Posts Tagged ‘Glycemic Index’

White Bread, Sugary Cereals and Health Problems


The study conductor(s)top
Lead Author: Alan Barclay (University of Sydney)
The participant(s)top
2 million people (from 37 peer reviewed diet studies)
Date study concludedtop
March 1, 2008
Funded bytop
University of Sydney, Australia
Purposetop

To determine a common food that contributes to health problems.

Summarytop

The study found that high GI foods (potatoes, white bread, sugar) increase occurrences of certain types of cancer, type 2 diabetes, and heart disease.

Methods usedtop

The researchers critically analyzed the results from 37 diet studies and mapped health issues with the types of foods consumed.

Resultstop

The results found a link between a high GI (Glycemic Index) diet consisting of highly processed foods and a high risk of type 2 diabetes and heart disease. The diet was also linked to gall stones and some types of cancer. Lead author Alan Barclay said the link with diabetes was “not surprising” because high GI foods raise blood glucose and insulin levels. High GI foods cause constant spikes in blood glucose which increase insulin and a related substance called ‘insulin-like growth factor one’, both of which have been shown to increase the risk of developing cancer.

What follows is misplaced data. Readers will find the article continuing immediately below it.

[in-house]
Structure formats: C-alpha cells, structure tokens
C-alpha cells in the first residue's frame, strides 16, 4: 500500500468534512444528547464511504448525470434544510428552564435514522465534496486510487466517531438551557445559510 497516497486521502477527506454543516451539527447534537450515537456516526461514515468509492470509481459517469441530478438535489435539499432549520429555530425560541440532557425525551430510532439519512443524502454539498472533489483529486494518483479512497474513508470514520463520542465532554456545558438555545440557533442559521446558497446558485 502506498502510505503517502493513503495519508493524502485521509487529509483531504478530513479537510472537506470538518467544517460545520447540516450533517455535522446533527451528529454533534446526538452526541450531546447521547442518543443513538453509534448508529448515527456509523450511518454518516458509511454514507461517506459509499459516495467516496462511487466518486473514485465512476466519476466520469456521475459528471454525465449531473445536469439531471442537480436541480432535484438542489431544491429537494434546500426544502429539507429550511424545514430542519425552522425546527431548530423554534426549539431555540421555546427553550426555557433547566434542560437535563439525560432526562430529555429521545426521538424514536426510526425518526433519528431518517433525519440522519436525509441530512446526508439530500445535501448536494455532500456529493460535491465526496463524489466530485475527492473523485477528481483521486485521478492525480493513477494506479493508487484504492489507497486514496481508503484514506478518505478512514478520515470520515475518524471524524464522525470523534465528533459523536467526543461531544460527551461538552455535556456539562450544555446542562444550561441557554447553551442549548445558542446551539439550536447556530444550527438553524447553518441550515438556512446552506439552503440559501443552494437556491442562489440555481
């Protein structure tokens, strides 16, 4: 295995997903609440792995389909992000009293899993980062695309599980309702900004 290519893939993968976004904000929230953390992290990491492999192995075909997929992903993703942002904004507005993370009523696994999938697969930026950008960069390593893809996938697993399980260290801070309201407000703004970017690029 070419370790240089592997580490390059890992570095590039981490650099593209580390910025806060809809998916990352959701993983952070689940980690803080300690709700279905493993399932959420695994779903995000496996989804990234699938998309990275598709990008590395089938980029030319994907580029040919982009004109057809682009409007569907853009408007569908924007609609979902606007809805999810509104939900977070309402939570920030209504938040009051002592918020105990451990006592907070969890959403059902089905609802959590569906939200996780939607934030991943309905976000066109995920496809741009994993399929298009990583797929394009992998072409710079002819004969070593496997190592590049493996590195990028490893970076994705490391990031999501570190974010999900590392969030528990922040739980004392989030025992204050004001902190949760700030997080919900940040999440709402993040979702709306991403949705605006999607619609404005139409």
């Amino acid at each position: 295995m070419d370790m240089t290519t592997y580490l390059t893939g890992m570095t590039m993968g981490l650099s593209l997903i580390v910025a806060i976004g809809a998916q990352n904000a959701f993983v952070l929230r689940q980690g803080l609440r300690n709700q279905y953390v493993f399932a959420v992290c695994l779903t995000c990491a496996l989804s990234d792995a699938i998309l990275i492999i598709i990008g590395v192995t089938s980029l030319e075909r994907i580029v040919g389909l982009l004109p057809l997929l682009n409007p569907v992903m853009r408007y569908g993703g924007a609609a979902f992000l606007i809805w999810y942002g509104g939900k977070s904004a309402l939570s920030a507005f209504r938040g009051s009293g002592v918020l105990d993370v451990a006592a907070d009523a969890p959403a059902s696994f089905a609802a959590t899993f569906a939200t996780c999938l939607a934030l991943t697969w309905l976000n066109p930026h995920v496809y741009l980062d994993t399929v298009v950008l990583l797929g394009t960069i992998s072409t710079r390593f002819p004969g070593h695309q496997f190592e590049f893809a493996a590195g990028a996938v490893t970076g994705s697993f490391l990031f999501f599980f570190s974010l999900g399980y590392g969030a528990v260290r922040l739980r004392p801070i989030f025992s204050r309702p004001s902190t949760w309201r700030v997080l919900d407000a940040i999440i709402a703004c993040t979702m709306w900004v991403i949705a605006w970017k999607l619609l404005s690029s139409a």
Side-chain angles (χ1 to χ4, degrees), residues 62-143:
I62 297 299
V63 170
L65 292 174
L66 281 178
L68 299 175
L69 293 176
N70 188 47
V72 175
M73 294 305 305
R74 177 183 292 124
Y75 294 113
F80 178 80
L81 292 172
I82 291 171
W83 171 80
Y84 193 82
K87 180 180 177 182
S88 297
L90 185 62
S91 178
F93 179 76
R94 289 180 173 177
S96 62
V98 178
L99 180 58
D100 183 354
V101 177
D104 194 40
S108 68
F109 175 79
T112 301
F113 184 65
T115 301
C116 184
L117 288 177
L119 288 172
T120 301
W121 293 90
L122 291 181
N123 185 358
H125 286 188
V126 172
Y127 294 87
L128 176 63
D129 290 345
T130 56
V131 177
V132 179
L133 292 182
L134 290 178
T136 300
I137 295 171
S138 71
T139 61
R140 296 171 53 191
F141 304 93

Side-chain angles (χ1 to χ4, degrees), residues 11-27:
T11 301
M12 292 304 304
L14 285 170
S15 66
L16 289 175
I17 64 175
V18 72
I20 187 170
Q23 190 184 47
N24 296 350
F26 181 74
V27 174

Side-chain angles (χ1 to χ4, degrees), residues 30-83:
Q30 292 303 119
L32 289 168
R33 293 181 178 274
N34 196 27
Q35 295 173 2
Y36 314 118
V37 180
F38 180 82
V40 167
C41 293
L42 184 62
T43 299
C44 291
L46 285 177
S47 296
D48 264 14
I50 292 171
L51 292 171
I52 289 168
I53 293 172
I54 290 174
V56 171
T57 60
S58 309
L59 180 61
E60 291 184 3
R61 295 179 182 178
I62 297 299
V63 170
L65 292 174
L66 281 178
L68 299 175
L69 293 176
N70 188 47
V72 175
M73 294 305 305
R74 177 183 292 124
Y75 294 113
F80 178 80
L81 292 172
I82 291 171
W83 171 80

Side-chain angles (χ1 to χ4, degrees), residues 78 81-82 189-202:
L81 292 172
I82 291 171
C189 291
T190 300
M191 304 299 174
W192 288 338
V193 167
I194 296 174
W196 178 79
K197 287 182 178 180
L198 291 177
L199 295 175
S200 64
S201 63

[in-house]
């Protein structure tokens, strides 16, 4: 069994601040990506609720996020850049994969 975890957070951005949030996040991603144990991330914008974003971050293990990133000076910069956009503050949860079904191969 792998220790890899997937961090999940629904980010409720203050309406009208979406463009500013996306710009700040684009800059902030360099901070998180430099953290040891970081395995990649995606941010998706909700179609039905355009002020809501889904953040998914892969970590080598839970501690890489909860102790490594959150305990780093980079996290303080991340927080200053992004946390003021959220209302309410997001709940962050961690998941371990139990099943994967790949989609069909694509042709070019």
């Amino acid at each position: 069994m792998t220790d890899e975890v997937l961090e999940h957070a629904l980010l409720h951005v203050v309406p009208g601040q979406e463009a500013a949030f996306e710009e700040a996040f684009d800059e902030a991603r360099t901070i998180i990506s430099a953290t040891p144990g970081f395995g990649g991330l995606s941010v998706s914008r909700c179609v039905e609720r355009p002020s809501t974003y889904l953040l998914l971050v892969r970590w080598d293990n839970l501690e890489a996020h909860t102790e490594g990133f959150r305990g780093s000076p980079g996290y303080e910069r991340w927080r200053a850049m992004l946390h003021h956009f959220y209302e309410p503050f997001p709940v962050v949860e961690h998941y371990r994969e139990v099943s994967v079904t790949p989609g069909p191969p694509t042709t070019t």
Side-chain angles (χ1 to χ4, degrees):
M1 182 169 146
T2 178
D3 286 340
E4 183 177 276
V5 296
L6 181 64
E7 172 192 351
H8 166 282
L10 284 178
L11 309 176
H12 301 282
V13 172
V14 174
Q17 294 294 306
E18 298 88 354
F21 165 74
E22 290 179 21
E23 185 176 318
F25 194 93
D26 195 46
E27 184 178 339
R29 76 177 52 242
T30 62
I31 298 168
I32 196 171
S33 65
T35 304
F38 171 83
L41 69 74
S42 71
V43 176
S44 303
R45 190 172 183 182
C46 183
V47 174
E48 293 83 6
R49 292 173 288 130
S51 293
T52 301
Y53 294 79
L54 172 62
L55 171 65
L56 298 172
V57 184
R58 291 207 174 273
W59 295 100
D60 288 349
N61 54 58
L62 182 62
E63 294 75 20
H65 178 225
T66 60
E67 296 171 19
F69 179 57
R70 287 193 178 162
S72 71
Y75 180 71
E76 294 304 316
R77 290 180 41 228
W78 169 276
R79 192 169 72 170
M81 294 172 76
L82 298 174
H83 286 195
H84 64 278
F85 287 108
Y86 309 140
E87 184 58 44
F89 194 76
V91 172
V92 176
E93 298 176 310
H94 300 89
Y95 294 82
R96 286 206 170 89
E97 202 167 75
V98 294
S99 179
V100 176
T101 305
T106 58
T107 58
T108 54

Notestop
  • [+]This study contains a massive(>100,000) sample size.
  • [+]This study was peer reviewed prior to entering the Public Studies database.
External Sourcestop
http://www.foxnews.com/story/0,2933,336390,00.html | American Journal of Clinical Nutrition | http://www.news.com.au/story/0,23599,23349006-36398,00.html
APA Citation(s)top
White Bread, Sugary Cereals and Health Problems. (2008).
   Retrieved August 16, 2017, from Public Studies Web site:
   http://www.publicstudies.com/main/2008/03/white-bread-sugary-cereals-and-health-problems/
MLA Citation(s)top
“White Bread, Sugary Cereals and Health Problems”
   Public Studies. 1 March 2008.
   August 16, 2017. <http://www.publicstudies.com/main/2008/03/white-bread-sugary-cereals-and-health-problems/>.